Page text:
Sharpening

Discussion in 'Photography Equipment & Products' started by Petraio Prime, Aug 20, 2010.

  1. Petraio Prime

    Petraio Prime TPF Noob!

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    I have Photoshop 5.0 on a PC. Is there anything free or cheap that is designed strictly or mostly for sharpening, that would be any better? I use scanned film to make digital files when I need them. The Photoshop 5.0 seems to emphasize grain when I use it.
     
  2. JamesMason

    JamesMason TPF Noob!

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    convert to lab, select the lightness and use the unsharp mask. Probs the best way to do it. LR3s new tools are very good too if you have grain issues.
     
  3. LaFoto

    LaFoto Just Corinna in real life Staff Member Supporting Member

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    Do you use "Sharpen" or "Sharpen More" or do you use the "Unsharp Mask". The latter can be dosed so you don't get so much grain (or is it noise once the image has been digitalized?). Do you scan your negatives yourself or do you have the lab scan them for you and add the disc to the bag you get back with your prints?
     
  4. usayit

    usayit No longer a newbie, moving up!

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    Try to use "unsharpen mask" but slightly increase the radius to avoid sharpening / bringing emphasis on the grain. Not too much that you get halos (which can be countered by reducing the amount)

    Radius affects the size of the edges to be enhanced or how wide the edge rims become, so a smaller radius enhances smaller-scale detail. Higher Radius values can cause halos at the edges, a detectable faint light rim around objects. Fine detail needs a smaller Radius. Radius and Amount interact; reducing one allows more of the other. - wiki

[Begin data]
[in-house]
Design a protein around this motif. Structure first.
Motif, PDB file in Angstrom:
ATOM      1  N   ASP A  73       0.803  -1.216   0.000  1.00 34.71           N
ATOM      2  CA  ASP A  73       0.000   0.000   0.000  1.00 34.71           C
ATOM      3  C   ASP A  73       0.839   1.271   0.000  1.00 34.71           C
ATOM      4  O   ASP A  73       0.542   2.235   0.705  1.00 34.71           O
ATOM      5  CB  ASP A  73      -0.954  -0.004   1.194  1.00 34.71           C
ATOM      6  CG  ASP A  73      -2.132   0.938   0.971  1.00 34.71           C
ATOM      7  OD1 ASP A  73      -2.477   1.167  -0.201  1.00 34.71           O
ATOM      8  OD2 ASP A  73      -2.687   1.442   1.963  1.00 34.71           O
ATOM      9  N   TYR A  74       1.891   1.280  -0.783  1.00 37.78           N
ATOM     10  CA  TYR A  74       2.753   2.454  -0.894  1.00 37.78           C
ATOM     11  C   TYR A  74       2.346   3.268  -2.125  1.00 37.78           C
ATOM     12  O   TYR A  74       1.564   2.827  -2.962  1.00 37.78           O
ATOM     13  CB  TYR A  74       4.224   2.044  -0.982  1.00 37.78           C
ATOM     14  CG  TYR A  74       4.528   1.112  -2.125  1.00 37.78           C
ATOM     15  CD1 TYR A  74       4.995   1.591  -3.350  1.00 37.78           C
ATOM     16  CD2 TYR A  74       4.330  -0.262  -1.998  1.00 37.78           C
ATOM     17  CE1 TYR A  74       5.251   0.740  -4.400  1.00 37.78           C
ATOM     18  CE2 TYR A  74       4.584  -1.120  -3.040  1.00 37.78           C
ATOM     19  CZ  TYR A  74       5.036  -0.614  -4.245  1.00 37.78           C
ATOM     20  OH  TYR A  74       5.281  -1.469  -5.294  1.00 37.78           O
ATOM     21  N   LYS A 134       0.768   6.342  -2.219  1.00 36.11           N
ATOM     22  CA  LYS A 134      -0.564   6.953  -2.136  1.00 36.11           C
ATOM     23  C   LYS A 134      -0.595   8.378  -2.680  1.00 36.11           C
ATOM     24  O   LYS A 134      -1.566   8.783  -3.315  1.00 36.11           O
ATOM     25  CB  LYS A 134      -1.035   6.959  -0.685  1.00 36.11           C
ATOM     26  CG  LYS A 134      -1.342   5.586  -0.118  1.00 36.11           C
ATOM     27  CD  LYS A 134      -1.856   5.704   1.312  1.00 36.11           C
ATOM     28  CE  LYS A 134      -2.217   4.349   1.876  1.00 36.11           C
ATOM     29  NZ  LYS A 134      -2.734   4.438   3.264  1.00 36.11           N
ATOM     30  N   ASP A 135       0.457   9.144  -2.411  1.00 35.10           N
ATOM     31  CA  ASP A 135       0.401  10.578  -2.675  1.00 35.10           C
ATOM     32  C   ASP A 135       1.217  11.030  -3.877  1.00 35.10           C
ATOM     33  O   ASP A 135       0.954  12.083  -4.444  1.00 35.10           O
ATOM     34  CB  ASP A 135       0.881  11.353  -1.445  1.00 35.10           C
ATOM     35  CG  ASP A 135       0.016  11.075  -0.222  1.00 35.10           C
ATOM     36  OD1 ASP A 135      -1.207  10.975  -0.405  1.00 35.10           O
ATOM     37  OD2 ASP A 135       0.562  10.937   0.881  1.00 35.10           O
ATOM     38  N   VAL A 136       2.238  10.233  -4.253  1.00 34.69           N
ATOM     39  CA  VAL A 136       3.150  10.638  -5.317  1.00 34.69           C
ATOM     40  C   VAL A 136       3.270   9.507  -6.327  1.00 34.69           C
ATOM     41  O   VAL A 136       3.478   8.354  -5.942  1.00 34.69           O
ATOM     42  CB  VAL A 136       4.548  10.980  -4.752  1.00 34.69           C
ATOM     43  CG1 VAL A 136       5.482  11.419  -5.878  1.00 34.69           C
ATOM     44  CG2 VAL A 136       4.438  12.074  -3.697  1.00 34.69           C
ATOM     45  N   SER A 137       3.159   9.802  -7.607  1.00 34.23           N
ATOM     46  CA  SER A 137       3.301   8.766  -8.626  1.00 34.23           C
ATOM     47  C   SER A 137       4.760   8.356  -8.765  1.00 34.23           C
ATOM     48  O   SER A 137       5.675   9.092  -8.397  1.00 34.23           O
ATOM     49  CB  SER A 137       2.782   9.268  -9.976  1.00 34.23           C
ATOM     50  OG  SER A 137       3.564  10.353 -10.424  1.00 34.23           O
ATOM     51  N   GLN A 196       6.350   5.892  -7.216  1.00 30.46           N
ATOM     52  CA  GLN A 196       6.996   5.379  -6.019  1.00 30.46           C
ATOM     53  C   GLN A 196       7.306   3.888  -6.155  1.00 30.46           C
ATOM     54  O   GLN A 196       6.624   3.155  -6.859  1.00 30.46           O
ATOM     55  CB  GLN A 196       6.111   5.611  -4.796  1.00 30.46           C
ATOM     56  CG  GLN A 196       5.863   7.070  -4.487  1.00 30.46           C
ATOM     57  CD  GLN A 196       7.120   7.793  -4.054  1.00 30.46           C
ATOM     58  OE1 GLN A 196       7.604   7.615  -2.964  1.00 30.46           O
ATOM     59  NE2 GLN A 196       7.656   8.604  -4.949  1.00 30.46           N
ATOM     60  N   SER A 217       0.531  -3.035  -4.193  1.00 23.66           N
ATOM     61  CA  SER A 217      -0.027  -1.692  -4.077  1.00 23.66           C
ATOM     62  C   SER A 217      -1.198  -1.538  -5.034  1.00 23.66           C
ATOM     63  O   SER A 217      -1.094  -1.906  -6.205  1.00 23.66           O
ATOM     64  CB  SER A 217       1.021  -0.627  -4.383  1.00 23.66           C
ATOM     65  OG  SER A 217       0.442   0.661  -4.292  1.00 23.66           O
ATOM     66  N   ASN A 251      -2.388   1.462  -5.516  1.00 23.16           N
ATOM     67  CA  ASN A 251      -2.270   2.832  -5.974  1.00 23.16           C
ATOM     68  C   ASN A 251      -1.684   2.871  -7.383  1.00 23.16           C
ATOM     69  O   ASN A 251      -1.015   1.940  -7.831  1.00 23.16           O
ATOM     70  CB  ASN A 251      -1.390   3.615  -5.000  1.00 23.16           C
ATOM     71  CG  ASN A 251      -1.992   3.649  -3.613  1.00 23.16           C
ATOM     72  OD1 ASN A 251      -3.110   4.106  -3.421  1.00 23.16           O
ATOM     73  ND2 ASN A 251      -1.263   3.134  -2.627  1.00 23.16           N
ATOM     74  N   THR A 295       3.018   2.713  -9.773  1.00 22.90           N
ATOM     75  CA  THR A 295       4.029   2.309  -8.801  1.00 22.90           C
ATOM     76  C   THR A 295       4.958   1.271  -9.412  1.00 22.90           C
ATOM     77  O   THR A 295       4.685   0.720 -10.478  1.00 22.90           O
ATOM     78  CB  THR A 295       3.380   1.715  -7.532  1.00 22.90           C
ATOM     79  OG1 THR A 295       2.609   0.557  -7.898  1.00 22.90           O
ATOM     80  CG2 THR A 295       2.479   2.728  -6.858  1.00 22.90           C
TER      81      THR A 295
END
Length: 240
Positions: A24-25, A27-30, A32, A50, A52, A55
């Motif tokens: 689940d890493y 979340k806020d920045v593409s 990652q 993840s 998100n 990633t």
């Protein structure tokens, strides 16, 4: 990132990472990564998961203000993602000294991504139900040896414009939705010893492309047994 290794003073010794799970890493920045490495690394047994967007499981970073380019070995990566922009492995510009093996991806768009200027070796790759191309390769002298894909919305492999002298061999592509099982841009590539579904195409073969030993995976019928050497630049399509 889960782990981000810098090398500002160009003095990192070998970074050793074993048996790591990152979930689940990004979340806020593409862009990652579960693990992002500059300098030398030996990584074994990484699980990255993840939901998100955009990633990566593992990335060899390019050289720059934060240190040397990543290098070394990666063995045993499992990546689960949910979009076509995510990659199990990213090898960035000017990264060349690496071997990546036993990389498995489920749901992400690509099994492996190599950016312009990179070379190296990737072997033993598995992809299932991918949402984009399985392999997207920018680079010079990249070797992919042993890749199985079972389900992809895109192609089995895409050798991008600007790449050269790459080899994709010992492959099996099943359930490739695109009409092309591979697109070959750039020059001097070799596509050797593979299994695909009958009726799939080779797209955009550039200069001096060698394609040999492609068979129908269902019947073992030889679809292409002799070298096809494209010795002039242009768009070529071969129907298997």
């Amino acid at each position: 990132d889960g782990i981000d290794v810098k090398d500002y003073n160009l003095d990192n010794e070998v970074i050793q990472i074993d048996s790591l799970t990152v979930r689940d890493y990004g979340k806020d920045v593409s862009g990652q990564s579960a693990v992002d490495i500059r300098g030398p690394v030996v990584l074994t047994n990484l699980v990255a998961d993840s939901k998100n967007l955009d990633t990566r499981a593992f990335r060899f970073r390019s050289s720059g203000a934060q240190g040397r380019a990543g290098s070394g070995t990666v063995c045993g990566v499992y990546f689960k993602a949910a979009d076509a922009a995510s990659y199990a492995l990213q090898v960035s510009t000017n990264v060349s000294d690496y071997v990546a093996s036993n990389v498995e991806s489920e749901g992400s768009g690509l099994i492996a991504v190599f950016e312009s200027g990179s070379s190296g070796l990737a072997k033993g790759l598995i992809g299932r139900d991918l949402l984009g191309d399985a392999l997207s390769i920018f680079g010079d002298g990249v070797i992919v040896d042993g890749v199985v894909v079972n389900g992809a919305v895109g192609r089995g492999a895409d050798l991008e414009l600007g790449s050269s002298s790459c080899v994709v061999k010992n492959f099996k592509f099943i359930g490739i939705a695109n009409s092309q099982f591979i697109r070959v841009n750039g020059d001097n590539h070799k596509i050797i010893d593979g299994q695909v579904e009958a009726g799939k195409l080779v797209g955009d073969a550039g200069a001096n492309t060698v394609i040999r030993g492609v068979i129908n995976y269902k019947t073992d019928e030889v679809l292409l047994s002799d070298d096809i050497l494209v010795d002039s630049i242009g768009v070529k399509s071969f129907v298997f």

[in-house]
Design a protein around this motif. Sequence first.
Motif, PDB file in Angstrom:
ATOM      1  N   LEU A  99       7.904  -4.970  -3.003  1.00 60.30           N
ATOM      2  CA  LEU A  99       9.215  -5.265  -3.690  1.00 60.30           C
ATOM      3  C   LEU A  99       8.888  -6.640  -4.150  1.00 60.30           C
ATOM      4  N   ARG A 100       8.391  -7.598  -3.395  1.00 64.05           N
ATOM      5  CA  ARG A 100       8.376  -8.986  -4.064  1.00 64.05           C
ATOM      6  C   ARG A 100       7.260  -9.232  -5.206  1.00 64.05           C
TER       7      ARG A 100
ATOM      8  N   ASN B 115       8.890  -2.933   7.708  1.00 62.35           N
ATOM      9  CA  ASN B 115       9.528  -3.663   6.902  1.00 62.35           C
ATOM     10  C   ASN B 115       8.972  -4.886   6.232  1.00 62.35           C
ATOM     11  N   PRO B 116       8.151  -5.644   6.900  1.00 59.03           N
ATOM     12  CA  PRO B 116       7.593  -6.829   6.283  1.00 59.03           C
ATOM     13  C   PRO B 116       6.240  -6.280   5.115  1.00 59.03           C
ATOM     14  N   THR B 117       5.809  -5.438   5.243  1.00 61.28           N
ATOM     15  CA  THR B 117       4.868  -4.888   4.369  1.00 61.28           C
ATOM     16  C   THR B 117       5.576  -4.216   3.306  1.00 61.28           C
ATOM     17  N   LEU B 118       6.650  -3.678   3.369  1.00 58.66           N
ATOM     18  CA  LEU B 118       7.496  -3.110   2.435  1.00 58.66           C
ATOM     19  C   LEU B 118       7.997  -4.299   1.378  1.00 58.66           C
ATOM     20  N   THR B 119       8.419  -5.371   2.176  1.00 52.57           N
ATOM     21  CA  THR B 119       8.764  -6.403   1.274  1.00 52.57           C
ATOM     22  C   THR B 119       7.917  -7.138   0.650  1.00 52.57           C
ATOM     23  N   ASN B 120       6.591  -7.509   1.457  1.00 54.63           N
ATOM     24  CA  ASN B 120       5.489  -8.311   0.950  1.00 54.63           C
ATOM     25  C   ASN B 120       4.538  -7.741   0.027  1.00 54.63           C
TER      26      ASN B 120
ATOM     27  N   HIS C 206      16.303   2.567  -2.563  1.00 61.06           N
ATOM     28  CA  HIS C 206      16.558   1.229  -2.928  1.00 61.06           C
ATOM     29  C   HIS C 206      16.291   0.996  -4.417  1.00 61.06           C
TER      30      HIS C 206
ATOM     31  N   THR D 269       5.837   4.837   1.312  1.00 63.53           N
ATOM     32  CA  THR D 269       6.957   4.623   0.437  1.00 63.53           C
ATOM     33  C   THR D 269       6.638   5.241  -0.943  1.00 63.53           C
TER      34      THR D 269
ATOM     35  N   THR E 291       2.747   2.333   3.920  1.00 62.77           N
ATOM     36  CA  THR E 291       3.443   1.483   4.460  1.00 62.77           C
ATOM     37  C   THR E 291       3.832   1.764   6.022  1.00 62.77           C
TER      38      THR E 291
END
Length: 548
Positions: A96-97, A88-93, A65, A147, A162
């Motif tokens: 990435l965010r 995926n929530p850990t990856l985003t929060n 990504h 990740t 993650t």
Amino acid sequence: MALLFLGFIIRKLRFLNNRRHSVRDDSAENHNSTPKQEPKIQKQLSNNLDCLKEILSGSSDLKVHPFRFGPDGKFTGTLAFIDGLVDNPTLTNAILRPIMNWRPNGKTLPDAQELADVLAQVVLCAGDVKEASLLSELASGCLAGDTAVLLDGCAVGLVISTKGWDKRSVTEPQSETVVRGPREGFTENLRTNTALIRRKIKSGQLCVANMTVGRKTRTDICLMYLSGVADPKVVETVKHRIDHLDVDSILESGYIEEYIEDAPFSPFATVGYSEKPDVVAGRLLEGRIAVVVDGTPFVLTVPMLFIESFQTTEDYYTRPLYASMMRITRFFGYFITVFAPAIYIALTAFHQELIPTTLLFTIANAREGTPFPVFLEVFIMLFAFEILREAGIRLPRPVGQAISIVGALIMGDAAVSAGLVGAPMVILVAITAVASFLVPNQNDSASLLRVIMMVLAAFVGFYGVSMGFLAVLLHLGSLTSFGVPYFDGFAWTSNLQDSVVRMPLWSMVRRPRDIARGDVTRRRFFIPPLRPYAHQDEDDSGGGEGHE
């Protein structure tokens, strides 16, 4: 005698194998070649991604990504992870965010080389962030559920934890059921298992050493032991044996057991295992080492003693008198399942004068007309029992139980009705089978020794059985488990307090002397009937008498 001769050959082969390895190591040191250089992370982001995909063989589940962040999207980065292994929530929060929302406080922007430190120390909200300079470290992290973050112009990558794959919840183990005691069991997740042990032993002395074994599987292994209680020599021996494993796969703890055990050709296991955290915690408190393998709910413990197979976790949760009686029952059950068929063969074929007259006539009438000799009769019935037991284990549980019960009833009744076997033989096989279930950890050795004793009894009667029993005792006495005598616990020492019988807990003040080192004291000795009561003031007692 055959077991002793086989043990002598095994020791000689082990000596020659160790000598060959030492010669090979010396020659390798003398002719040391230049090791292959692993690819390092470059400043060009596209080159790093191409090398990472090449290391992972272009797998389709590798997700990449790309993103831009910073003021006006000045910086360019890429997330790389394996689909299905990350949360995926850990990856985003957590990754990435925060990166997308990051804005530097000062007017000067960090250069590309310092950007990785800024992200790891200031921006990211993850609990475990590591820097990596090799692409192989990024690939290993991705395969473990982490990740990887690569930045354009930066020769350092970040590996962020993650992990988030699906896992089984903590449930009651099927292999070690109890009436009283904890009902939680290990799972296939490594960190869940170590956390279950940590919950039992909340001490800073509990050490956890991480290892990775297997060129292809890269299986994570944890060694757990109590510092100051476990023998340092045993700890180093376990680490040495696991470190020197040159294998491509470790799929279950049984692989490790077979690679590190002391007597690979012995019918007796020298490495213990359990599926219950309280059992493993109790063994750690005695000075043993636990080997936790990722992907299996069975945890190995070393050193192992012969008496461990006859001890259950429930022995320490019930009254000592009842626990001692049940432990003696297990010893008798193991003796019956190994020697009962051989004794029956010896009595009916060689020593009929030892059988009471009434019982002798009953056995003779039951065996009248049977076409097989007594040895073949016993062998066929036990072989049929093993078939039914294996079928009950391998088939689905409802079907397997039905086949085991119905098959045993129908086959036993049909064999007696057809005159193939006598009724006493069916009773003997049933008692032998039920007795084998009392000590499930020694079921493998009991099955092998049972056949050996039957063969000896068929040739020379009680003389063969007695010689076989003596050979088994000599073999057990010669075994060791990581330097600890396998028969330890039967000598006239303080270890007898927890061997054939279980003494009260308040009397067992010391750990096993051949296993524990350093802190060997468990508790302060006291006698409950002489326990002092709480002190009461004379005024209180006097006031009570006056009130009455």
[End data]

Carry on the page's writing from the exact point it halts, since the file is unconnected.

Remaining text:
You can also try to selectively apply sharpening rather than over the entire photo.
     
  5. JG_Coleman

    JG_Coleman No longer a newbie, moving up!

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    There are a few Photoshop plug-ins designed for sharpening, but I can't think of any that are free... or that are really all that cheap, either. Software costs are rough these days.

    Nik makes Sharpener Pro for use use with Photoshop, though admittedly I've never used it (I do all my sharpening within Lightroom). However, based on the quality of Nik's other plug-ins like Color EFX, Silver EFX, and Viveza, I would say that you could expect this plug-in to work very well. The only problem... a steep $199 price tag from Nik, $160 from Amazon. Of course, you could run the 15-trial and see if might be worth the expense.

    Optimal Image Sharpening in a Photoshop Plug-In
     

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